Skip to main content



Joy of Recursion

Recursion is such a wonderful way to express the solution to a problem, yet it seems many people still struggle with it.

Yet recursive solutions don't have to be hard to write than non-recursive.  It's all a matter of getting the right perspective on the problem.

A recursive solution always  has two parts. A set of terminating condition and a recursive part.

You solve the problem in the first part and you let recursion do its magic in the second part.

Let me illustrate.

Suppose you want to put commas in large positive integers (for simplicity).  After all, it helps with readability.

Let's start with some examples:

commafy 1  becomes 1
commafy 10 becomes 10
commafy 899 becomes 899
commafy 1899 becomes 1,899
commafy 7891234567 becomes 7,891,234,567

You can see the pattern.

Let's express the solution in words.

if a number has less than 3 digits, just use those.
if a number has more than 3 digits, commafy all but the right most 3 digits, append a comma, and append the righ…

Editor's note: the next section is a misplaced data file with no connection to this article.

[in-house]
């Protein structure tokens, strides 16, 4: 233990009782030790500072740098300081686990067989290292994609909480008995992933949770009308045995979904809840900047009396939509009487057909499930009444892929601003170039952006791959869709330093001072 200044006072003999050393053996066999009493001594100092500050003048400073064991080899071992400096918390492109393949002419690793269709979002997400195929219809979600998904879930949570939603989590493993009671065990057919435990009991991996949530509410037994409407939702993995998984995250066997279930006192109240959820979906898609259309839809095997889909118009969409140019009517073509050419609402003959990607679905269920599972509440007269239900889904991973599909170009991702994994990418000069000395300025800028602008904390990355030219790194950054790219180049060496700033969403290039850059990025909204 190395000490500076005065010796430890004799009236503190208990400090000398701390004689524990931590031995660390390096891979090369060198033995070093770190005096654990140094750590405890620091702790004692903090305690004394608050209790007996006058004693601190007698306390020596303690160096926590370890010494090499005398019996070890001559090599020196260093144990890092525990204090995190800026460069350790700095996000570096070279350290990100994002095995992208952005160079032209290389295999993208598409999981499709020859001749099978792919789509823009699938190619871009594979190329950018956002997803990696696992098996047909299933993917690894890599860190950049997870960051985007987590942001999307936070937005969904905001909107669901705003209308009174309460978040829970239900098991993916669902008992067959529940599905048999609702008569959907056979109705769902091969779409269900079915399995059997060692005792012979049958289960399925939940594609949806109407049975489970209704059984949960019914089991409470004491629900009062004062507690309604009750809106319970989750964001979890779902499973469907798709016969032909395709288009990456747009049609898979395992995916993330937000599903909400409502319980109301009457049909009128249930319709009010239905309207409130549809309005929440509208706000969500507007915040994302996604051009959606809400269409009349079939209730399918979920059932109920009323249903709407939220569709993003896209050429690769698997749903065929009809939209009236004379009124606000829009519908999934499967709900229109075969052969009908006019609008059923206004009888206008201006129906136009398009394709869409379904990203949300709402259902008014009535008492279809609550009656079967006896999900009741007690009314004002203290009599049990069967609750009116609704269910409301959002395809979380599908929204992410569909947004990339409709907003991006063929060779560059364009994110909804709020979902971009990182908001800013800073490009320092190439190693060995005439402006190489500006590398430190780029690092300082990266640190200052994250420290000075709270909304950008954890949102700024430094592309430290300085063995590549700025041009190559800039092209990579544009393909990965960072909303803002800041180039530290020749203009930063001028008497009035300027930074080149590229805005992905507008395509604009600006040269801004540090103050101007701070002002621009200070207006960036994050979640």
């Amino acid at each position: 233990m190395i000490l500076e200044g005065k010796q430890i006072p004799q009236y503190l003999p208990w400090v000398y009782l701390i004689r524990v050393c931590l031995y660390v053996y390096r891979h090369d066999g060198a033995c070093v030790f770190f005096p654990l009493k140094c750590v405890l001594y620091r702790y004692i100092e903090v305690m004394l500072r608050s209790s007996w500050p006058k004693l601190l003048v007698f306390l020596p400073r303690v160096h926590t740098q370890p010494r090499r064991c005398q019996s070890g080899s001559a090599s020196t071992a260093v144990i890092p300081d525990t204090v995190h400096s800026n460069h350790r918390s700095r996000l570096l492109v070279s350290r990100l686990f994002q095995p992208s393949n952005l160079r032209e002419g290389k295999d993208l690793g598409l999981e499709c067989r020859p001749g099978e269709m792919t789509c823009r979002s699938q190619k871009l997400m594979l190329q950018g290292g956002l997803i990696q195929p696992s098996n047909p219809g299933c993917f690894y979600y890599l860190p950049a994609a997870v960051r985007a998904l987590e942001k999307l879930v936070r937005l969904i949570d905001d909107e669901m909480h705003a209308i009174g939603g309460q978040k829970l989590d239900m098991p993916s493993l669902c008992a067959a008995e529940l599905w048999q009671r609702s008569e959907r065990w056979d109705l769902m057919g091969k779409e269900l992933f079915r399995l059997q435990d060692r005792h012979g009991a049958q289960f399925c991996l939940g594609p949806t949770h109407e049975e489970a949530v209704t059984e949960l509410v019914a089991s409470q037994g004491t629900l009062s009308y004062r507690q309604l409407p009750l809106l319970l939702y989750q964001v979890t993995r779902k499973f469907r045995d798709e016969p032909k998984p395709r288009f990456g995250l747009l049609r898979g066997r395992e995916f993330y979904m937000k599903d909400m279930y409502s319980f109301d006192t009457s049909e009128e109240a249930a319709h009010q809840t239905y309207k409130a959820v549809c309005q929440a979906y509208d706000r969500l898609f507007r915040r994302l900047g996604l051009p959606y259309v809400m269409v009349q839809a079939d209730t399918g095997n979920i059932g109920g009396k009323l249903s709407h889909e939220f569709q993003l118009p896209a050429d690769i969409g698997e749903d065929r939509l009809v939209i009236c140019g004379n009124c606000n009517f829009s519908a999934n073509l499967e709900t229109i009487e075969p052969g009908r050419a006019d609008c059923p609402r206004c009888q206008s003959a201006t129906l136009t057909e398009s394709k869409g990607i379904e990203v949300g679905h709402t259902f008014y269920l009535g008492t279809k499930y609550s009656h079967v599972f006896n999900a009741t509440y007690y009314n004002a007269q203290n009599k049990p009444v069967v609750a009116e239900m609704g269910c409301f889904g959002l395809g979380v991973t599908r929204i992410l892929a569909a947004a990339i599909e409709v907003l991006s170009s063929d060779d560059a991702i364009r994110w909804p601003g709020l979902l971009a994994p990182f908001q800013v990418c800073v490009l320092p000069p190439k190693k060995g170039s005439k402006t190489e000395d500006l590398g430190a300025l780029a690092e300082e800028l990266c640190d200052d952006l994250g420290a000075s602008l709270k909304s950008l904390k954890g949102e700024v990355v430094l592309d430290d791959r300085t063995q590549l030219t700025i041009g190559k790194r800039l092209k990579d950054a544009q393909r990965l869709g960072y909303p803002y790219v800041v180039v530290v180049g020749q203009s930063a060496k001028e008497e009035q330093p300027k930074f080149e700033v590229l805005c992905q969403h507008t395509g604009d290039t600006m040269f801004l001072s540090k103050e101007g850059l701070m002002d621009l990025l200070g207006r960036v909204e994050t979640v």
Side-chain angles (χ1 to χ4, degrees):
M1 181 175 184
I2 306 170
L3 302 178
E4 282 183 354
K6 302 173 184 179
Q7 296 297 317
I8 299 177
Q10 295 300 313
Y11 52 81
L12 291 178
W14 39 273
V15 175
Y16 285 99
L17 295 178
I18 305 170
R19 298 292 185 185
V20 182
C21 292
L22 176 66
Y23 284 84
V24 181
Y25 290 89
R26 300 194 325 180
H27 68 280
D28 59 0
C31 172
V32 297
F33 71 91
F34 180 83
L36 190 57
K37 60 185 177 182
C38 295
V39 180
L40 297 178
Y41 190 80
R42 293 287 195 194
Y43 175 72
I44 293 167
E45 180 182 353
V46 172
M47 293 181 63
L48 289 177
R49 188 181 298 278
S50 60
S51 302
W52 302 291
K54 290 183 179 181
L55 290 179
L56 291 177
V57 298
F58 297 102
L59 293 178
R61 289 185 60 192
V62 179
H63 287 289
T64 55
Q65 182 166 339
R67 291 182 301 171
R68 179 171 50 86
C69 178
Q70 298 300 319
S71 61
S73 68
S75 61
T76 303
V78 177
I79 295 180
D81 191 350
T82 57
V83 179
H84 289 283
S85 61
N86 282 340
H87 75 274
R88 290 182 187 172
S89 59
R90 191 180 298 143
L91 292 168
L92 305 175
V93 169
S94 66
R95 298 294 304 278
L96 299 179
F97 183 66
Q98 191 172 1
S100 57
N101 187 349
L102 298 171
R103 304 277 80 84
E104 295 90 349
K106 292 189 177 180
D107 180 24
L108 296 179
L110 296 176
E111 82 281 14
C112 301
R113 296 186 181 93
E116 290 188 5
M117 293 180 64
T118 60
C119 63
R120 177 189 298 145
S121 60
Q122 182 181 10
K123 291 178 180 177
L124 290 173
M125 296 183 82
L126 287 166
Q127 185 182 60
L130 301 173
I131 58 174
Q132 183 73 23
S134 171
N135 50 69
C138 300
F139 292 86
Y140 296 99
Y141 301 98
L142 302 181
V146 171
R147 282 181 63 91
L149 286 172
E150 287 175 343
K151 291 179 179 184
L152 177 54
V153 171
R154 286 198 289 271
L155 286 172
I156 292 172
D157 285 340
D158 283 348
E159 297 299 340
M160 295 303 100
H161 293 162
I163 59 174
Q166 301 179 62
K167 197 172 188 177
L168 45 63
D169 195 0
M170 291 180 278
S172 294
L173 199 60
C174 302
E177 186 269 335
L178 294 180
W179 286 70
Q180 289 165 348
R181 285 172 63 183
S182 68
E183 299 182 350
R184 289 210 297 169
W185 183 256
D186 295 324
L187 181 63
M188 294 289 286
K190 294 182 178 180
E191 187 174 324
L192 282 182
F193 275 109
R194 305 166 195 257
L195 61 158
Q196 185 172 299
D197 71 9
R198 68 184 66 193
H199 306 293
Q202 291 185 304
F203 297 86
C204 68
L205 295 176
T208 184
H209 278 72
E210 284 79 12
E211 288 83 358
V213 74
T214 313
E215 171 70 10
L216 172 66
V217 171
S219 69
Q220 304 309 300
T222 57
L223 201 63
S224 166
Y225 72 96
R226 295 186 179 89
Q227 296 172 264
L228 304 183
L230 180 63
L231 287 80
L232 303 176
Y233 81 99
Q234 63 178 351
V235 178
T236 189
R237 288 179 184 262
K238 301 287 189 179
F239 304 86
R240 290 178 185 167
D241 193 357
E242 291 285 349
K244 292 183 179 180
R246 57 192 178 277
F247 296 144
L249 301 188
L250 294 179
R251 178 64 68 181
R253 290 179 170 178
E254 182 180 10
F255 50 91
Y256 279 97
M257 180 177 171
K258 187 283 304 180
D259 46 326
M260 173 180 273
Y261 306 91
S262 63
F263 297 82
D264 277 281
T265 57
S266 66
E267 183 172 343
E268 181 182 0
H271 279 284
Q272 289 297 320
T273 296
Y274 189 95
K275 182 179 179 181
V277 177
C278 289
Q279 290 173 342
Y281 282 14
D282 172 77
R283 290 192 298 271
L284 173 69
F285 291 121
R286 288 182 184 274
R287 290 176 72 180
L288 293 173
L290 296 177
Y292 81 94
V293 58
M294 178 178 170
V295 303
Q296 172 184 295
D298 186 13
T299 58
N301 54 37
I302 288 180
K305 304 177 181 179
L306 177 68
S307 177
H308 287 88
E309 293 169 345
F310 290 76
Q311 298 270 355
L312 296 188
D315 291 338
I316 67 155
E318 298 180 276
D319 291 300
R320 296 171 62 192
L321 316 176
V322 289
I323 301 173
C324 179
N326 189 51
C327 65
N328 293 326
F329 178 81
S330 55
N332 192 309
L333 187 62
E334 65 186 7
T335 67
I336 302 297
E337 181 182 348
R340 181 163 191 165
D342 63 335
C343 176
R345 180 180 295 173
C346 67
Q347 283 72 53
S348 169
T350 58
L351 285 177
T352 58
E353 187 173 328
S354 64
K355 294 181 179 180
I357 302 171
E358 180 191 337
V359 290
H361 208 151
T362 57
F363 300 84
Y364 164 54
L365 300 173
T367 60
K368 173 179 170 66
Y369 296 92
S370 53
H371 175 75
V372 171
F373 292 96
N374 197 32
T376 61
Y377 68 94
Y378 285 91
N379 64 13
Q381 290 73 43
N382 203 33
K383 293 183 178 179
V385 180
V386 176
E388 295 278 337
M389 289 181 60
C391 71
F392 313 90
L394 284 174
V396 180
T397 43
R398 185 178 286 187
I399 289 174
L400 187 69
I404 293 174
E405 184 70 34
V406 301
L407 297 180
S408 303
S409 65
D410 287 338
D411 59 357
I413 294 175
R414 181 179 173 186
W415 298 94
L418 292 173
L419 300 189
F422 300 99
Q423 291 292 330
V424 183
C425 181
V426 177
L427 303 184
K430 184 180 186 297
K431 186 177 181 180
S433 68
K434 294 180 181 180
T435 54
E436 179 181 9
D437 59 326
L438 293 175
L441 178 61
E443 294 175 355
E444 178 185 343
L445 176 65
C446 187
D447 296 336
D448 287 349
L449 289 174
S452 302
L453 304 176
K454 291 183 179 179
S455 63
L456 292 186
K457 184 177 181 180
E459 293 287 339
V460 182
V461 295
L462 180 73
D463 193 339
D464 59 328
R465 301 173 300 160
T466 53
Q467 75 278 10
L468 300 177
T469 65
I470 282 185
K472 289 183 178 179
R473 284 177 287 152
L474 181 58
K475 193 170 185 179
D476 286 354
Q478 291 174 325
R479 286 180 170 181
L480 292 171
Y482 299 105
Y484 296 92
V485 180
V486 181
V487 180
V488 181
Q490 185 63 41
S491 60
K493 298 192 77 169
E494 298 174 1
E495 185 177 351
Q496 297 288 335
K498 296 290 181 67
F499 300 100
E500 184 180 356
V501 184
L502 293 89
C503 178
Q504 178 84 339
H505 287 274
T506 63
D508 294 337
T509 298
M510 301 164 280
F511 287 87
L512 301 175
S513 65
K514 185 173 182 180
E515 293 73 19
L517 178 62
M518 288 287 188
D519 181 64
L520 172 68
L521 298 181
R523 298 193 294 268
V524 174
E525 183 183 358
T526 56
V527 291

Latest Posts

Joy of TakeCommand/TCC - simple path display

Joy of TCC and TakeCommand - Thinking the TakeCommand way.

Comment your data

Microservice architectures and the IBM Mainframe - Recollections of similarity

Hardcore History by Dan Carlin

Why Fossil-SCM is an excellent choice for introductory programming courses

My favorite feature of REXX and the one I miss most in other languages

Joy of TCC and Take Command - Directory and Command history

Joy of TCC and Take Command - Repeated Dots

Learning regular expressions from Damian Conway